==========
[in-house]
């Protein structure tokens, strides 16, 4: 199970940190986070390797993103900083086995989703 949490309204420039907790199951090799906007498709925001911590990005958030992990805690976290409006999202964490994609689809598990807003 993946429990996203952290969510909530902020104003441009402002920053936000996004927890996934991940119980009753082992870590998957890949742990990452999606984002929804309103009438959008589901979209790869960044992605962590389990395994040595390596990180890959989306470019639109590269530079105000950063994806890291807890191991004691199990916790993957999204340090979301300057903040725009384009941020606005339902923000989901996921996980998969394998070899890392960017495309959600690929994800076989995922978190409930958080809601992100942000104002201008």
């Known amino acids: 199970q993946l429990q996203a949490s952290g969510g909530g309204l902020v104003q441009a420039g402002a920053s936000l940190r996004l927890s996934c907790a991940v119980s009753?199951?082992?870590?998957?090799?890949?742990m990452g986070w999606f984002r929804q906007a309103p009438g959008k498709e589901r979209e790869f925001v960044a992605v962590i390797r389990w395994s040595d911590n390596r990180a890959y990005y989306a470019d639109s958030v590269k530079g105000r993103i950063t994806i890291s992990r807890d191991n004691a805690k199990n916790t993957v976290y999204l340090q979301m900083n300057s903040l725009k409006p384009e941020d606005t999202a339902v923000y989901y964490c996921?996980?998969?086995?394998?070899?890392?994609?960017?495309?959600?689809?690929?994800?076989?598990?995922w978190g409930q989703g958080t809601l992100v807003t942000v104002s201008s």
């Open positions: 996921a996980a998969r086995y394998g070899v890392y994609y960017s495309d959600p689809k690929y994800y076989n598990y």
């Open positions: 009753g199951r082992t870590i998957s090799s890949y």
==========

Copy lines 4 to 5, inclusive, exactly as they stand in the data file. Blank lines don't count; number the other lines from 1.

């Open positions: 996921a996980a998969r086995y394998g070899v890392y994609y960017s495309d959600p689809k690929y994800y076989n598990y």
């Open positions: 009753g199951r082992t870590i998957s090799s890949y």